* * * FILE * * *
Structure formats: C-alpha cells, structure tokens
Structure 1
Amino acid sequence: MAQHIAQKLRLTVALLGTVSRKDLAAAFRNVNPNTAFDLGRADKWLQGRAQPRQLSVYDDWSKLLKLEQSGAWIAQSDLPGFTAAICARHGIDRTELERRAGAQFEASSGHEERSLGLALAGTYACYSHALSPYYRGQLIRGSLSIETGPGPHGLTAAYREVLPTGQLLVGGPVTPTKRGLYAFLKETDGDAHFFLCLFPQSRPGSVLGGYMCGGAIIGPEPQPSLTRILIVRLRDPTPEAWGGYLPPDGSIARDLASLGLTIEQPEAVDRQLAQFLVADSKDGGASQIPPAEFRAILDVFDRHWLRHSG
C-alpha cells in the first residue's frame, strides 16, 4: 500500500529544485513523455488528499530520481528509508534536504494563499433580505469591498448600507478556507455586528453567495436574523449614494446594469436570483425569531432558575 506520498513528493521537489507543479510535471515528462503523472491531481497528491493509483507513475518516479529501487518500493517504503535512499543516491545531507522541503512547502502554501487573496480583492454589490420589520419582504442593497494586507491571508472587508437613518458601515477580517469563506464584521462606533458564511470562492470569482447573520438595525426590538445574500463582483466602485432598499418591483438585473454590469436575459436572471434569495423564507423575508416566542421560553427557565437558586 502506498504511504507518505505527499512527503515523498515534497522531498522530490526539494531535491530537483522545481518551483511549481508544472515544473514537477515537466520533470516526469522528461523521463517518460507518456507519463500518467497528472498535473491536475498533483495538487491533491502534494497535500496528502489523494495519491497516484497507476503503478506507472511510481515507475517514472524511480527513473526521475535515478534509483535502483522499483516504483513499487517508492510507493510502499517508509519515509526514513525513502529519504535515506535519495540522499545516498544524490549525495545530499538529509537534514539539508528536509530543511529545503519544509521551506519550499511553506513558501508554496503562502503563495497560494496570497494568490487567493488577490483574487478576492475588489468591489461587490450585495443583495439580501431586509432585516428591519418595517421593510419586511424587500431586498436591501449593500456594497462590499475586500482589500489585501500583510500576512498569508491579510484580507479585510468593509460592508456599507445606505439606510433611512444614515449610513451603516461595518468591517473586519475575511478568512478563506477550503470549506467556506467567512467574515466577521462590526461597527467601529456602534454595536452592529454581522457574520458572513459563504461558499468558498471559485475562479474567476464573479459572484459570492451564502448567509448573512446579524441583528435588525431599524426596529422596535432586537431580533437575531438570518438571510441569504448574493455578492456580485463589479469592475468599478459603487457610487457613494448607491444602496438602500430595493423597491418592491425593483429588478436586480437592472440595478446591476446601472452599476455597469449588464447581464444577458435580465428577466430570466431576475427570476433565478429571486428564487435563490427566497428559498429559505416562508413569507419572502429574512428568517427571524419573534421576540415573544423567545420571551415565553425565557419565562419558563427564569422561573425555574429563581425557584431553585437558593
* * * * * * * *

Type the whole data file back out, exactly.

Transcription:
Structure formats: C-alpha cells, structure tokens
Structure 1
Amino acid sequence: MAQHIAQKLRLTVALLGTVSRKDLAAAFRNVNPNTAFDLGRADKWLQGRAQPRQLSVYDDWSKLLKLEQSGAWIAQSDLPGFTAAICARHGIDRTELERRAGAQFEASSGHEERSLGLALAGTYACYSHALSPYYRGQLIRGSLSIETGPGPHGLTAAYREVLPTGQLLVGGPVTPTKRGLYAFLKETDGDAHFFLCLFPQSRPGSVLGGYMCGGAIIGPEPQPSLTRILIVRLRDPTPEAWGGYLPPDGSIARDLASLGLTIEQPEAVDRQLAQFLVADSKDGGASQIPPAEFRAILDVFDRHWLRHSG
C-alpha cells in the first residue's frame, strides 16, 4: 500500500529544485513523455488528499530520481528509508534536504494563499433580505469591498448600507478556507455586528453567495436574523449614494446594469436570483425569531432558575 506520498513528493521537489507543479510535471515528462503523472491531481497528491493509483507513475518516479529501487518500493517504503535512499543516491545531507522541503512547502502554501487573496480583492454589490420589520419582504442593497494586507491571508472587508437613518458601515477580517469563506464584521462606533458564511470562492470569482447573520438595525426590538445574500463582483466602485432598499418591483438585473454590469436575459436572471434569495423564507423575508416566542421560553427557565437558586 502506498504511504507518505505527499512527503515523498515534497522531498522530490526539494531535491530537483522545481518551483511549481508544472515544473514537477515537466520533470516526469522528461523521463517518460507518456507519463500518467497528472498535473491536475498533483495538487491533491502534494497535500496528502489523494495519491497516484497507476503503478506507472511510481515507475517514472524511480527513473526521475535515478534509483535502483522499483516504483513499487517508492510507493510502499517508509519515509526514513525513502529519504535515506535519495540522499545516498544524490549525495545530499538529509537534514539539508528536509530543511529545503519544509521551506519550499511553506513558501508554496503562502503563495497560494496570497494568490487567493488577490483574487478576492475588489468591489461587490450585495443583495439580501431586509432585516428591519418595517421593510419586511424587500431586498436591501449593500456594497462590499475586500482589500489585501500583510500576512498569508491579510484580507479585510468593509460592508456599507445606505439606510433611512444614515449610513451603516461595518468591517473586519475575511478568512478563506477550503470549506467556506467567512467574515466577521462590526461597527467601529456602534454595536452592529454581522457574520458572513459563504461558499468558498471559485475562479474567476464573479459572484459570492451564502448567509448573512446579524441583528435588525431599524426596529422596535432586537431580533437575531438570518438571510441569504448574493455578492456580485463589479469592475468599478459603487457610487457613494448607491444602496438602500430595493423597491418592491425593483429588478436586480437592472440595478446591476446601472452599476455597469449588464447581464444577458435580465428577466430570466431576475427570476433565478429571486428564487435563490427566497428559498429559505416562508413569507419572502429574512428568517427571524419573534421576540415573544423567545420571551415565553425565557419565562419558563427564569422561573425555574429563581425557584431553585437558593